Modern applications are taking a mobile first approach. About half of the world's population are already carrying handsets capable of rich, mobile commerce. Mobile devices are becoming computers in their own right and with that, ability to use location, motion and context to market to customers has been unlocked. There is a race to push out applications as a competitive tool to improve relationships. Retailers want to be able to detect their customers when they enter a shopping mall, send them marketing messages via SMS, equip them with the means to pay on the spot via their mobile, and then tweet about the experience...after which sentiment analysis surrounding their twitter activity should be conducted. Next-generation business applications have to cater to the mobile market across any device, any language, any platform.

#3 Big Data

The volume of digital data has grown to 2.7 ZB in 2012 up 48% from 2011, and is heading towards 8ZB by 2015. More data is being created and stored than ever before...and thus far, companies do not know what to do with it. That is going to change soon as more and more companies are exploiting big data to generate new revenue sources. Retailers, according to IDC, using big data to the fullest, could increase operating margins by 60%. Business applications of the future have to offer a single entry point to all sources of big data, with real-time analytics. Companies that can automate decision-making by slicing and dicing the overwhelming volume of information will ultimately conquer the market.

#4 Social Media

Approximately 40% of users access social media from their mobile devices and 80% of all mobile apps developed will integrate with social network services. We tend to forget though that the social media platforms that we're seeing are still early entries to the market – Facebook, Twitter, Pintrest, Instagram are all in their infancy. Social media, however, remains at the heart of new applications that are being developed. People are conducting sentiment analysis on social media and are trading based on sentiments found in twitter! How do you connect to your customers and exploit the data in a comprehensive way? Modern apps must plan for social network analysis and tracking if they hope to be successful.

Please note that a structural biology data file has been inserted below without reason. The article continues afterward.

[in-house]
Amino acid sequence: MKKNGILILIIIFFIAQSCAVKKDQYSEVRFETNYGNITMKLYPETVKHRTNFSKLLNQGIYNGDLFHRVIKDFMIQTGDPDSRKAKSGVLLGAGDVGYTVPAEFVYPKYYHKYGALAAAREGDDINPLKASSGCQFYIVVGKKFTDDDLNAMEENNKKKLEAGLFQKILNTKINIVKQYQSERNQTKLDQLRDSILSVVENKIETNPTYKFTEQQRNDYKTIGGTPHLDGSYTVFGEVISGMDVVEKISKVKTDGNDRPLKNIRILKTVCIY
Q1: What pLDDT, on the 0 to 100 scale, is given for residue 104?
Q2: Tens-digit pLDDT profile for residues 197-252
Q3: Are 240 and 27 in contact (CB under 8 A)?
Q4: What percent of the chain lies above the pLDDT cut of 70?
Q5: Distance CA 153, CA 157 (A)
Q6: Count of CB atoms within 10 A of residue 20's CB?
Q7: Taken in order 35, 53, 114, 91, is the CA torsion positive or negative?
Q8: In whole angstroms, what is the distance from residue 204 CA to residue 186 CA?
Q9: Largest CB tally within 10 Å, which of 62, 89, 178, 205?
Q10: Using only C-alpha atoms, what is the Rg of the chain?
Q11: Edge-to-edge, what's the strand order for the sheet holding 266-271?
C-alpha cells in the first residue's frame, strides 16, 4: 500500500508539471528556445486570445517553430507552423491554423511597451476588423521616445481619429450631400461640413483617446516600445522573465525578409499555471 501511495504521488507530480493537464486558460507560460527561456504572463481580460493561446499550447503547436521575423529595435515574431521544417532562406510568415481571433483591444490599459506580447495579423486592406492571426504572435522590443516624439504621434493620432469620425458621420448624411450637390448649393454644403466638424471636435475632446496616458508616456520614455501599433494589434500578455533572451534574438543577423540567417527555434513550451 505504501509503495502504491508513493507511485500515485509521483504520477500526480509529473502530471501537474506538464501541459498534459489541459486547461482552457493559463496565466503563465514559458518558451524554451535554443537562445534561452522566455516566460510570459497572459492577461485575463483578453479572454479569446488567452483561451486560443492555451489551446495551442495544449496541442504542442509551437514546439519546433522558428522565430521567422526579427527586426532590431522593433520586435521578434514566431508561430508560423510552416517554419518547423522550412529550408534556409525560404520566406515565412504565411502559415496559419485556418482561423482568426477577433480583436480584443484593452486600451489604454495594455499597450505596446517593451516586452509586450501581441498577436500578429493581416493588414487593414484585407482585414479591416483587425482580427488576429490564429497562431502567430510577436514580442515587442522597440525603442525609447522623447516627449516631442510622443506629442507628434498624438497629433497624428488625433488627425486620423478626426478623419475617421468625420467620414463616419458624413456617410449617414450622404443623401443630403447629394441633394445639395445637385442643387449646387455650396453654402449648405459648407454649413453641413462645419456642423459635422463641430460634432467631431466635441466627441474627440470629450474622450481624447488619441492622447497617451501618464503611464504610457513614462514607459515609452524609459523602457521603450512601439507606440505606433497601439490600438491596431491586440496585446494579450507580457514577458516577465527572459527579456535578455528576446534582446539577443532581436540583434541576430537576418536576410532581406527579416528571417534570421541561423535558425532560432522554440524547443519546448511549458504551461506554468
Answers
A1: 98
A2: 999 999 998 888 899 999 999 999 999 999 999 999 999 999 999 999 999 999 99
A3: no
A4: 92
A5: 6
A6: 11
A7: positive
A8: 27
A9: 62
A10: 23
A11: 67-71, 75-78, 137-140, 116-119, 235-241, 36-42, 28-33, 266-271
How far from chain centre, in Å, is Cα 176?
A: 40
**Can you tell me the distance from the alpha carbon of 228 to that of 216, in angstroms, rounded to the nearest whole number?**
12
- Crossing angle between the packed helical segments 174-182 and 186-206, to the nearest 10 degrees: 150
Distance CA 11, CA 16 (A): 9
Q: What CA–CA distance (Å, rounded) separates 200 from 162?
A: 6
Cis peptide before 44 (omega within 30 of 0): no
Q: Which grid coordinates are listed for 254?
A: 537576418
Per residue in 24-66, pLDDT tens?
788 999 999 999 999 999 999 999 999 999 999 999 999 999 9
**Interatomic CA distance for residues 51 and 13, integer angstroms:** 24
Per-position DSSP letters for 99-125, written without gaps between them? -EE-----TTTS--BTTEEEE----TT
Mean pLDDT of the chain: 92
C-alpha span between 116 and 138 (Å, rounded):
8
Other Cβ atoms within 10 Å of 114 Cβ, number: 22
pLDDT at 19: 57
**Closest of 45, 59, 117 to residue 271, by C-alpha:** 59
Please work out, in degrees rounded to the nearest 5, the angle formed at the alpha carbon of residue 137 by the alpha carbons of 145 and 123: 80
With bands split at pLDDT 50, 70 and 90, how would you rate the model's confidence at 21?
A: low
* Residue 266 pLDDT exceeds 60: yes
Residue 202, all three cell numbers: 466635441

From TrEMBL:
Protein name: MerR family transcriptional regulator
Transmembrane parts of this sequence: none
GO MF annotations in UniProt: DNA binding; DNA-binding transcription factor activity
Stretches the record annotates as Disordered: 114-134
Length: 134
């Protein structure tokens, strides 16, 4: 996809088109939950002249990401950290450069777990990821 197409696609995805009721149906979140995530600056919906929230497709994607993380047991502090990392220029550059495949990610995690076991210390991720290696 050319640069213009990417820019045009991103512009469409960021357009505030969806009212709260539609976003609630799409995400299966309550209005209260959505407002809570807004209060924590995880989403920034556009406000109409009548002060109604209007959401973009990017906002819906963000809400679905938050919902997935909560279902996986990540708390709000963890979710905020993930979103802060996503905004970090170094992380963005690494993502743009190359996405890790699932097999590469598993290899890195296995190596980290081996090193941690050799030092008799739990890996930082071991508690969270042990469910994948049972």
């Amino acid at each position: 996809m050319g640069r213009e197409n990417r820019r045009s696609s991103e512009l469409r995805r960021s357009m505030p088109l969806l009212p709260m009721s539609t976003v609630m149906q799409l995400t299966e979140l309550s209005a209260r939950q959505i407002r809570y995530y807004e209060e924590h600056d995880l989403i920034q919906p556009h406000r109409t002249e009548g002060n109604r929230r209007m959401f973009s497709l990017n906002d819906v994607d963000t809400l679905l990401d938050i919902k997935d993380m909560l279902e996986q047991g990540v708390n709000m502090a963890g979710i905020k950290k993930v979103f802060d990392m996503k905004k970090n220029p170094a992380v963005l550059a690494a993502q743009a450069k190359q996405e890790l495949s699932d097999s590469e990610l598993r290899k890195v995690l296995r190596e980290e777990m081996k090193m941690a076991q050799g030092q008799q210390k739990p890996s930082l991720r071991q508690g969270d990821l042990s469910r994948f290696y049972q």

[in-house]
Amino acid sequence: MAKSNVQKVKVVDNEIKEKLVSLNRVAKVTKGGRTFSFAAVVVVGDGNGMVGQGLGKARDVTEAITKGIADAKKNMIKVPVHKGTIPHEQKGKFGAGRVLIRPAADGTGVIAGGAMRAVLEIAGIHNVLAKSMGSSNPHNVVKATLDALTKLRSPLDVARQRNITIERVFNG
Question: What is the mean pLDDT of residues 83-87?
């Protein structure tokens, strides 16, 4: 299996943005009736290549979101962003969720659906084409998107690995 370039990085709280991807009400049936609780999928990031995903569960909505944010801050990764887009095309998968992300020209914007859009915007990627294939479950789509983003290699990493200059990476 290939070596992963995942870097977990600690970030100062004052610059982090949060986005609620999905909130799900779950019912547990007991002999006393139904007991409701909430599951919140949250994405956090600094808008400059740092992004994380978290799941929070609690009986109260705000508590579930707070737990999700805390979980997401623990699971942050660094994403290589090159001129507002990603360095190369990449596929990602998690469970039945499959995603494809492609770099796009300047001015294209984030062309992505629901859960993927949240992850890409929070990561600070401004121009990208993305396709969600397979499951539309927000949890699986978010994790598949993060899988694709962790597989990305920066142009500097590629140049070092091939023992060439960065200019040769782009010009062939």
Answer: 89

#5 Ecosystems

The ecosystems that support technology are becoming as important as the technology itself. Time-constrained ISVs will primarily chose their paths based on the popularity of a platform with users, and the ones who will succeed will be the ones that are driven by the entire ecosystem. Mash-ups and partnerships will spawn new ecosystems, discover resellers in new countries and markets. The future will see the formation of joint projects and collaborative forums that can propel companies forward faster than ever before.

Businesses hoping to reach their target markets will need greater access to information and the ability to speak to their customers across a variety of technologies. Technologists of the future have to start changing the way they approach business applications today if they want to continue doing business tomorrow.

Published in Software
Monday, 13 August 2012 10:21

How to iron out your call centre issues in 5 easy steps

How to iron out your call centre issues in 5 easy steps

There is no excuse for poor customer service – whether online, in person or on the phone. Here are tips on how businesses can iron out the wrinkles in their call centres and ensure a better customer experience for all.
The call centre is often the first point of contact for customers, which is why it is crucial that the experience is a positive and satisfying one. Here are a few guidelines that explain how companies can make that happen.

1. Don't skimp on technology